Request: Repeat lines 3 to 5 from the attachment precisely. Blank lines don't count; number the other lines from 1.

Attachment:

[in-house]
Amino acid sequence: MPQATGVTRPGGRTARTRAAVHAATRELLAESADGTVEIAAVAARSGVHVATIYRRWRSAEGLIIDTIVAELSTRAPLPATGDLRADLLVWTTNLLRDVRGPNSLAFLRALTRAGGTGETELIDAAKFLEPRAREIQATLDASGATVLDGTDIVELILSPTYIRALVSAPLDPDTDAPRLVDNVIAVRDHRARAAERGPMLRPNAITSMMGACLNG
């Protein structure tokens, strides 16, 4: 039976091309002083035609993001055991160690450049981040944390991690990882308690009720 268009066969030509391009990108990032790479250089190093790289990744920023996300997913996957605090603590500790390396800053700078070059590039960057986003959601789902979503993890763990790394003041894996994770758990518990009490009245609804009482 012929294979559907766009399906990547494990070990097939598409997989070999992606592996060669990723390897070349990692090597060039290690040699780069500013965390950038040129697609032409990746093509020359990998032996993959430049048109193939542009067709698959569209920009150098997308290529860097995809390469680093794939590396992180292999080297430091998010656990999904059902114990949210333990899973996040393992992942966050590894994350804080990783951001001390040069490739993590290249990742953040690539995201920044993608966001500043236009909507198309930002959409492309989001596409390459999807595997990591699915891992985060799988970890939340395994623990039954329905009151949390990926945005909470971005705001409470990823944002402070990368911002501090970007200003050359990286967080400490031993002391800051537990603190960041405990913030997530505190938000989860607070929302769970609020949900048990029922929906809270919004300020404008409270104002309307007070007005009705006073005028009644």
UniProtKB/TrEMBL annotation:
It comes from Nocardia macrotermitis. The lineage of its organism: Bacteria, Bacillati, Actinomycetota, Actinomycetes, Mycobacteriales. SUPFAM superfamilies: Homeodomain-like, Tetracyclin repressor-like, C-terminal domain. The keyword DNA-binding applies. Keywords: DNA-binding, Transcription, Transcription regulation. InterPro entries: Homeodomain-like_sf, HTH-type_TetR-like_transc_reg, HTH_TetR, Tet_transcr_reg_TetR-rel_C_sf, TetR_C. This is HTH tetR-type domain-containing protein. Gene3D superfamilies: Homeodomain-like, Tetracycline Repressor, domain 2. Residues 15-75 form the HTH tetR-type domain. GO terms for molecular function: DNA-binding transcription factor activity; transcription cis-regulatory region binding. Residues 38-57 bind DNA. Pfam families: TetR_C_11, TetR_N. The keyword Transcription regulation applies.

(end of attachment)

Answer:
């Protein structure tokens, strides 16, 4: 039976091309002083035609993001055991160690450049981040944390991690990882308690009720 268009066969030509391009990108990032790479250089190093790289990744920023996300997913996957605090603590500790390396800053700078070059590039960057986003959601789902979503993890763990790394003041894996994770758990518990009490009245609804009482 012929294979559907766009399906990547494990070990097939598409997989070999992606592996060669990723390897070349990692090597060039290690040699780069500013965390950038040129697609032409990746093509020359990998032996993959430049048109193939542009067709698959569209920009150098997308290529860097995809390469680093794939590396992180292999080297430091998010656990999904059902114990949210333990899973996040393992992942966050590894994350804080990783951001001390040069490739993590290249990742953040690539995201920044993608966001500043236009909507198309930002959409492309989001596409390459999807595997990591699915891992985060799988970890939340395994623990039954329905009151949390990926945005909470971005705001409470990823944002402070990368911002501090970007200003050359990286967080400490031993002391800051537990603190960041405990913030997530505190938000989860607070929302769970609020949900048990029922929906809270919004300020404008409270104002309307007070007005009705006073005028009644």
UniProtKB/TrEMBL annotation:
It comes from Nocardia macrotermitis. The lineage of its organism: Bacteria, Bacillati, Actinomycetota, Actinomycetes, Mycobacteriales. SUPFAM superfamilies: Homeodomain-like, Tetracyclin repressor-like, C-terminal domain. The keyword DNA-binding applies. Keywords: DNA-binding, Transcription, Transcription regulation. InterPro entries: Homeodomain-like_sf, HTH-type_TetR-like_transc_reg, HTH_TetR, Tet_transcr_reg_TetR-rel_C_sf, TetR_C. This is HTH tetR-type domain-containing protein. Gene3D superfamilies: Homeodomain-like, Tetracycline Repressor, domain 2. Residues 15-75 form the HTH tetR-type domain. GO terms for molecular function: DNA-binding transcription factor activity; transcription cis-regulatory region binding. Residues 38-57 bind DNA. Pfam families: TetR_C_11, TetR_N. The keyword Transcription regulation applies.